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Illinois Senators Cross Partisan Seating Divide

January 25, 2011 at 5:34 PM EDT
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Judy Woodruff talks to two Illinois senators -- Democrat and majority whip Dick Durbin and newly-elected Republican Mark Kirk -- on why they will be seated together in a show of bipartisanship during the president's speech.
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TRANSCRIPT

GWEN IFILL: As Kwame and Robert Gibbs mentioned, the atmospherics at tonight’s joint address to Congress are likely to be a little different than in years past. Among other things, some Republicans and some Democrats will be seated together, among them, this bipartisan pair.

Judy Woodruff has that.

JUDY WOODRUFF: And they are the two senators from the president’s home state of Illinois, newly elected Republican Mark Kirk and Democrat Dick Durbin. He serves as the Senate’s majority whip.

Gentlemen, thank you both for being with us.

Senator Durbin, to you first.

I don’t mean to be too personal, but how did this all come about? Who approached whom?

SEN. RICHARD DURBIN (D-Ill.): I can’t remember who started the conversation.

SEN. MARK KIRK (R-Ill.): You did.

SEN. RICHARD DURBIN: OK.

SEN. MARK KIRK: Yes.

(LAUGHTER)

SEN. RICHARD DURBIN: I will take credit for it.

SEN. MARK KIRK: Right.

(LAUGHTER)

SEN. RICHARD DURBIN: And I thought it was a good idea.

Mark Kirk was elected back in November. On election night, we spoke on the phone and I said, the campaign is over. Let’s try to do this together. And we have been working together ever since. He was sworn in early. We have worked on a lot of issues involving our state. We’re going to continue to.

And I think, tonight, sitting next to one another is an indication of that spirit of cooperation.

JUDY WOODRUFF: And, Senator Kirk, why did you think it was a good idea? Some of your fellow Republicans are saying this is a stunt.

SEN. MARK KIRK: It’s not.

For example, I’m wearing a ribbon that many of us will wear remembering Congresswoman Gabrielle Giffords and praying for her recovery and those of the other victims. It’s after the Arizona shootings that I think it’s incumbent on all of us to sit as patriots, not as partisans.

And so we have decided to sit together to make sure the people of our state see that we agree on more than we disagree on. And, yes, it — it extends beyond tonight. Senator Durbin and I just introduced bipartisan legislation to ban sewage dumping in the Great Lakes as part of this bipartisan cooperation.

JUDY WOODRUFF: Well, I ask you about that because, this morning, the Senate minority leader, your leader, Mitch McConnell, told a group of reporters — he said, seating arrangements during the State of the Union, in the end, he said, is going to mean absolutely nothing.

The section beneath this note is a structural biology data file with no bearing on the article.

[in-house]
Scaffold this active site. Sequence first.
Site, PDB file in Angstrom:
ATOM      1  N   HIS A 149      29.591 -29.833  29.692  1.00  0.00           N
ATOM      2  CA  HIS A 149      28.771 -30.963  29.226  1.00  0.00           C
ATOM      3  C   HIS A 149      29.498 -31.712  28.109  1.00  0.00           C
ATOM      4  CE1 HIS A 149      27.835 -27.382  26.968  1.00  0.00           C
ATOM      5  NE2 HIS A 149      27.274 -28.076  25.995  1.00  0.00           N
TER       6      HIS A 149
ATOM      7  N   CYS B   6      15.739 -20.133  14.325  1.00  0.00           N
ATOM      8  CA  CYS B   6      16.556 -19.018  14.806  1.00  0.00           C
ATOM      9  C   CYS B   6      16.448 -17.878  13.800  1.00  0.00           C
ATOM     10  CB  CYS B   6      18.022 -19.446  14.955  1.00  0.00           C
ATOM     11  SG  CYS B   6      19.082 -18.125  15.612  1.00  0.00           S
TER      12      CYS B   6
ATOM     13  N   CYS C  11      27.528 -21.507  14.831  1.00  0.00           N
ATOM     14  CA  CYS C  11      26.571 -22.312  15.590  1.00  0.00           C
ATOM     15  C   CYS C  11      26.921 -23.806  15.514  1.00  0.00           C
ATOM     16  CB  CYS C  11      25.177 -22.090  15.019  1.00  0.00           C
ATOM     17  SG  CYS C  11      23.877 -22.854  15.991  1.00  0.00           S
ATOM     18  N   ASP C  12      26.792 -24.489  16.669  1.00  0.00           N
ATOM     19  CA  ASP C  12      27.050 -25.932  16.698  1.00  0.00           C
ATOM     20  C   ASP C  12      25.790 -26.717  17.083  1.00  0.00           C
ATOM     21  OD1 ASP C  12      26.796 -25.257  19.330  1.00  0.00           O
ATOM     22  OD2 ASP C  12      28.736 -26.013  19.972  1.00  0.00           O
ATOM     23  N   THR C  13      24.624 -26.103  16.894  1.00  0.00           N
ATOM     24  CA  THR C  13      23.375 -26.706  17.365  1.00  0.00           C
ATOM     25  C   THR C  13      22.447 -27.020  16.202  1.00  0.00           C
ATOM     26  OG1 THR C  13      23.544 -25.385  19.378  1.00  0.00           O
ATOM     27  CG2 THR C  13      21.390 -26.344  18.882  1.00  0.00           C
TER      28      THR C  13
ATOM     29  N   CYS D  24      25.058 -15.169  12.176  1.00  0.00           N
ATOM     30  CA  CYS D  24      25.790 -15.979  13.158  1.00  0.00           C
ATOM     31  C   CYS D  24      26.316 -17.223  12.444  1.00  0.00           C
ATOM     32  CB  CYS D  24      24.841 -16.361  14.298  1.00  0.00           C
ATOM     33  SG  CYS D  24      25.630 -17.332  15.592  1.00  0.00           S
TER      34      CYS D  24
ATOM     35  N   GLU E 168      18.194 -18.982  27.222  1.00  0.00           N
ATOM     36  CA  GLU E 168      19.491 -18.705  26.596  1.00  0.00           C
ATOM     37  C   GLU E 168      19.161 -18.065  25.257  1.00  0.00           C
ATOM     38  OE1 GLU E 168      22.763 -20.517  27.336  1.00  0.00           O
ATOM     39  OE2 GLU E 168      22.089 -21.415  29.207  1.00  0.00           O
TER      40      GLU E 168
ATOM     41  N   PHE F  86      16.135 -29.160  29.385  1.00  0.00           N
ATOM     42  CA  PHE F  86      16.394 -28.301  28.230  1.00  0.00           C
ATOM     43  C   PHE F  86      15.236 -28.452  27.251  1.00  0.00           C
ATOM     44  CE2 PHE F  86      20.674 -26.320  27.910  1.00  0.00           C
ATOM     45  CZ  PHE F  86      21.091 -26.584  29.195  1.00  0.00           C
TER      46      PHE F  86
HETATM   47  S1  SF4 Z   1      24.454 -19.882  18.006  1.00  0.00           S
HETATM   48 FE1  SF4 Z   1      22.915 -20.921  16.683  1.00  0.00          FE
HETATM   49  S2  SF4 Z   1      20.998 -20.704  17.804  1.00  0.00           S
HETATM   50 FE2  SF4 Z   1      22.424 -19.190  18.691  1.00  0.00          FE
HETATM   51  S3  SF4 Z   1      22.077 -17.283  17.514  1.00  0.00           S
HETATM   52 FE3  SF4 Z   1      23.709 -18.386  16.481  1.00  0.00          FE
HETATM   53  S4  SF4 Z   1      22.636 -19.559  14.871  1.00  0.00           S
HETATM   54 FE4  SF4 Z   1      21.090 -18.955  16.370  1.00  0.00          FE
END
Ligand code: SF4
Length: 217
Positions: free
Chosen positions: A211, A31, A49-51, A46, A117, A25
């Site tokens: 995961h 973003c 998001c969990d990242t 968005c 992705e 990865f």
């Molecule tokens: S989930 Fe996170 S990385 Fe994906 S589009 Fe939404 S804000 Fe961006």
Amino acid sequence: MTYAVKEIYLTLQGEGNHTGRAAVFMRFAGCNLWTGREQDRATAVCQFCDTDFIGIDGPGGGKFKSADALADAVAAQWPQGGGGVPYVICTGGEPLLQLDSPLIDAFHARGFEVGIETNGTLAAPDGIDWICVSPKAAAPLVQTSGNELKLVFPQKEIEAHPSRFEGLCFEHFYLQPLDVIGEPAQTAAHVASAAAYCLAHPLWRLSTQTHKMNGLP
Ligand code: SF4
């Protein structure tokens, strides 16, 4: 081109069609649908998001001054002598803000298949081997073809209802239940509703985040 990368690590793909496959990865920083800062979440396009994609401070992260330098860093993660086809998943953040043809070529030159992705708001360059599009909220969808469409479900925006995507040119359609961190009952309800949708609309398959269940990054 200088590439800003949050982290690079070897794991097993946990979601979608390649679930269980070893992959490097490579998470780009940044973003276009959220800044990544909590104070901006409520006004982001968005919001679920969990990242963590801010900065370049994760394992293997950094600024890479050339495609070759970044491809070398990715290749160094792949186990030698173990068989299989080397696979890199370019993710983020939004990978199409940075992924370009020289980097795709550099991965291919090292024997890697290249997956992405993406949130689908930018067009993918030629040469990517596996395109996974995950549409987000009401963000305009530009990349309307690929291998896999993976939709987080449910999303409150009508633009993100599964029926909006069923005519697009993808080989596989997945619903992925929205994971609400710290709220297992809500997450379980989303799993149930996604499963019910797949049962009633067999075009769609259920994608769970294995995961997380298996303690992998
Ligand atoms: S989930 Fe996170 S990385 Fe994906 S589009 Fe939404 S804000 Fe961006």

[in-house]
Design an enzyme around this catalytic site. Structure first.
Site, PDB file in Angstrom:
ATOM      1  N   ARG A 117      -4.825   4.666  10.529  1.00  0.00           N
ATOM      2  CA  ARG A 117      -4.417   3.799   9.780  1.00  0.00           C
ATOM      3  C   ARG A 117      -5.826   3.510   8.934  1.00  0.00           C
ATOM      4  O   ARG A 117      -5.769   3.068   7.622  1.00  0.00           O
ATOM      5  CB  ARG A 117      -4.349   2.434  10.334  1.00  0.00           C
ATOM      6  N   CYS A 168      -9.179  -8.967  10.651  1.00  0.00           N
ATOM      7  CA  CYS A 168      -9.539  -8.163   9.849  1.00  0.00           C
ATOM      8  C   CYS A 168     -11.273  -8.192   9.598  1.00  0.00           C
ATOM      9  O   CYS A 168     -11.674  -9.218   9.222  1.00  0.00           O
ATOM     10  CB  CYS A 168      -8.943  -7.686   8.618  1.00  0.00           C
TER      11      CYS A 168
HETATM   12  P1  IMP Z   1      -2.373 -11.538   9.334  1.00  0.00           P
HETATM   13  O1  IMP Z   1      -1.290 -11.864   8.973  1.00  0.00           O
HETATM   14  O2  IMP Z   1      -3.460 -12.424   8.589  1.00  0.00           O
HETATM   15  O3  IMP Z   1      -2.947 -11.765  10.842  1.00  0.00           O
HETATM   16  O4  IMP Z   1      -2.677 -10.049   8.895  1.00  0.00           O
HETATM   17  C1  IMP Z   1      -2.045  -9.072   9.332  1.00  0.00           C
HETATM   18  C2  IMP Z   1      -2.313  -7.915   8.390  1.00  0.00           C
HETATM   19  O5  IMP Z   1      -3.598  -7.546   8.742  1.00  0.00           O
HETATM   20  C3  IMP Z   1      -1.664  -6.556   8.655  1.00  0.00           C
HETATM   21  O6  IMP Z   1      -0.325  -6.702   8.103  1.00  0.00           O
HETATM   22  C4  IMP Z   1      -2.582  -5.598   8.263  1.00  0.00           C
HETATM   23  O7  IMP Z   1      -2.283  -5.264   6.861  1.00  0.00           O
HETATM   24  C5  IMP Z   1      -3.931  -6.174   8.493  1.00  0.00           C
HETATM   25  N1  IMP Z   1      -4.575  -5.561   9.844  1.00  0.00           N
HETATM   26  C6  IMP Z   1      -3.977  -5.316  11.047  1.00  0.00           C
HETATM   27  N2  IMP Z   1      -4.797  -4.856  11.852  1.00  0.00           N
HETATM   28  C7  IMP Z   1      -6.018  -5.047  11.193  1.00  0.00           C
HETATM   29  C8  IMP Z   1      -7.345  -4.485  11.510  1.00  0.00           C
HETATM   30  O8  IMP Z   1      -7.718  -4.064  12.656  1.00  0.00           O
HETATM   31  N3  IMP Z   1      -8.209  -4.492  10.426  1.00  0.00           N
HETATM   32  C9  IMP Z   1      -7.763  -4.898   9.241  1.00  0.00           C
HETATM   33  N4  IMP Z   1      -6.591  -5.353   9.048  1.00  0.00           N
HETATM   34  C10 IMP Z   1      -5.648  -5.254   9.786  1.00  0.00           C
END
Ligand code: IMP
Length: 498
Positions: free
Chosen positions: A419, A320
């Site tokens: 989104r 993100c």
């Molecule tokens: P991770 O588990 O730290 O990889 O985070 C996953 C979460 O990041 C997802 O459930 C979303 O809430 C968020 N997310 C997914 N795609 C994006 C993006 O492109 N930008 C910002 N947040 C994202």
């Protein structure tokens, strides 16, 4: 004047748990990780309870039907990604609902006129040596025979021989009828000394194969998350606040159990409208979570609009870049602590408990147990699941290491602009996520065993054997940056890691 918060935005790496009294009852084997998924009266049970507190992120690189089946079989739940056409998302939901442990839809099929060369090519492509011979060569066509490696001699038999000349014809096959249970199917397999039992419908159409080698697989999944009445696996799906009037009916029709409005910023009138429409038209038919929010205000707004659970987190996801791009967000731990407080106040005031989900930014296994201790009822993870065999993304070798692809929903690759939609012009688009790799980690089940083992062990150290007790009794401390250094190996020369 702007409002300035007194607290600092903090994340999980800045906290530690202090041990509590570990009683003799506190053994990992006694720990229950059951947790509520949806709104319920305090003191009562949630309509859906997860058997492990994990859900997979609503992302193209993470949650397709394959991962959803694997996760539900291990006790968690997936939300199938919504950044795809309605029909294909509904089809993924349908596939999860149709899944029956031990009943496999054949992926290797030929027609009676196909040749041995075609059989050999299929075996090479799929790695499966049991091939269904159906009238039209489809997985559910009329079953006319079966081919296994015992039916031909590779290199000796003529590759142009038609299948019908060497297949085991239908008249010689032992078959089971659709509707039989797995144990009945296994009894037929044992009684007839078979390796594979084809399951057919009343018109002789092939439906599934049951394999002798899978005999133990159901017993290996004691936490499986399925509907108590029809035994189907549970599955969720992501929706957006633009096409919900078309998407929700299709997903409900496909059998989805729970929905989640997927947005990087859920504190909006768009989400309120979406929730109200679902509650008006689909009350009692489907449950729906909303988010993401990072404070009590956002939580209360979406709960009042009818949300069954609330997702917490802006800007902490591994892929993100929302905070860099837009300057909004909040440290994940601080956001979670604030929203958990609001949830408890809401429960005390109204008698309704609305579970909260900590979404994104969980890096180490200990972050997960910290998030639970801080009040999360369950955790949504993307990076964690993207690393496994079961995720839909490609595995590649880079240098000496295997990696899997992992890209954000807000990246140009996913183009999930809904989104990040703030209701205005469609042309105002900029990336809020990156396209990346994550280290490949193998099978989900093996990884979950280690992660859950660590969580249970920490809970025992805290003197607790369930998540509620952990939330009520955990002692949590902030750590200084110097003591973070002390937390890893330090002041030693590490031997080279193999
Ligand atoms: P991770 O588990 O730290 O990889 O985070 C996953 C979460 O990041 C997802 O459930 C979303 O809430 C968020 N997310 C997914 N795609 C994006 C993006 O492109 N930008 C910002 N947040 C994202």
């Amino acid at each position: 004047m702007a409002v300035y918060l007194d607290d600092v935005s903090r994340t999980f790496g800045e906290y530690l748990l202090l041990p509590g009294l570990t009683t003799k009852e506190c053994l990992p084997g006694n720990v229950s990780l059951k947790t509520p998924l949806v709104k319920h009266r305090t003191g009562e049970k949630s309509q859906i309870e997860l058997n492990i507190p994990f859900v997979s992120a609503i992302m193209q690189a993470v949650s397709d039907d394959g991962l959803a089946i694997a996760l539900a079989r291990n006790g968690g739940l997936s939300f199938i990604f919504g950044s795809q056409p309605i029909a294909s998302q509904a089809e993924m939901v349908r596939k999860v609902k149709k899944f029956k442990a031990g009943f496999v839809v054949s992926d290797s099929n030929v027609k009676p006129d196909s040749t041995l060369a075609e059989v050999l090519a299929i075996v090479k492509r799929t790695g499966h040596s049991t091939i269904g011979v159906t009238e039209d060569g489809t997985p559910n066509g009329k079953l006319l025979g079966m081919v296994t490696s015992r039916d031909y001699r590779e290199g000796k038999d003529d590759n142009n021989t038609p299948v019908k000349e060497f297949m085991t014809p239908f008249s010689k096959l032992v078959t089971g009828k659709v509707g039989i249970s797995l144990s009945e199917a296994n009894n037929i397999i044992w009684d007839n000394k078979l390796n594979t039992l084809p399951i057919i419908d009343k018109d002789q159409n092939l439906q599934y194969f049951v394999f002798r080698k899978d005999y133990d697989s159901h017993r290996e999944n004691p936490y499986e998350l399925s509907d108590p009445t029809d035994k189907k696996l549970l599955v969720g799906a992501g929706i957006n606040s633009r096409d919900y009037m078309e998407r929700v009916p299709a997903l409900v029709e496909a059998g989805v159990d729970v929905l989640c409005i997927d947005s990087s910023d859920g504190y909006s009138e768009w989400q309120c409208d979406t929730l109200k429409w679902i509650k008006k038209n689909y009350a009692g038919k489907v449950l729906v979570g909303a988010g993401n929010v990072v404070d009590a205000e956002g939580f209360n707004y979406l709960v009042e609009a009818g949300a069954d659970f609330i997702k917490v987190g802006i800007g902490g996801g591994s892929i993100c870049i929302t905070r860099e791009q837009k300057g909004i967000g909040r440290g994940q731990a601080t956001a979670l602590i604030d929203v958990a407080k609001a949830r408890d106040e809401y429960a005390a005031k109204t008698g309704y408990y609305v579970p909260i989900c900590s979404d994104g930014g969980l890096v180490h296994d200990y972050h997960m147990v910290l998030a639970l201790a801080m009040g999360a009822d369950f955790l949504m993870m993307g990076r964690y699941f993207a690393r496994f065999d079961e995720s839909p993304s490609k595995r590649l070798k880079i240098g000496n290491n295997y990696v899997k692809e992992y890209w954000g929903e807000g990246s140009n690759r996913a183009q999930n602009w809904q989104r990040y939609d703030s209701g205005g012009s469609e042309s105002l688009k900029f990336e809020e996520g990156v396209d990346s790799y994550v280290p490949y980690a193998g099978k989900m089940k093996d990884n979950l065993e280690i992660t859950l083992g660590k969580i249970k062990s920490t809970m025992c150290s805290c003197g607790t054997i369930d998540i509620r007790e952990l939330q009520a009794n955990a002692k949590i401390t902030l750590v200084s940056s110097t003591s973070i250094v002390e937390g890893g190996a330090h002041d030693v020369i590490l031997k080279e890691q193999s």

You apparently don’t agree with him.

SEN. MARK KIRK: No, I think that symbolism oftentimes can lead to progress. And, many times, disagreements on the House or Senate floor come from personal pique.

And I always think there’s — it’s always a good time to have good manners.

JUDY WOODRUFF: And you mentioned stopping sewage dumping in the Great Lakes.

What about other national issues that you think you and — and Senator Durbin might be able to work on, that the two parties might be able to work together on?

SEN. MARK KIRK: Well, for example, the president will call for no earmark spending. I agree with him on that. He will also call for a new line-item veto that will reduce federal spending. And I agree with him on that as well.

JUDY WOODRUFF: So, you think this has staying power.

Senator Durbin, what about you? Do you agree with that?

SEN. RICHARD DURBIN: I think so.

And I do have to say a word about Congresswoman Giffords. I mean, what happened to her was a national tragedy, but it has inspired many of us. And I hope that, tonight, she’s strong enough to watch the State of the Union and to see the seating arrangements and the ribbons, which I will be wearing as well, and really understand that she’s inspired us to try a little harder to work together.

I think the lame-duck session, where we accomplished quite a bit, working with the president, Democrats and Republicans, I hope it set the tone for what we’re going to be embarking on in the next few weeks.

JUDY WOODRUFF: And, Senator Durbin, what — what does the president need to say tonight?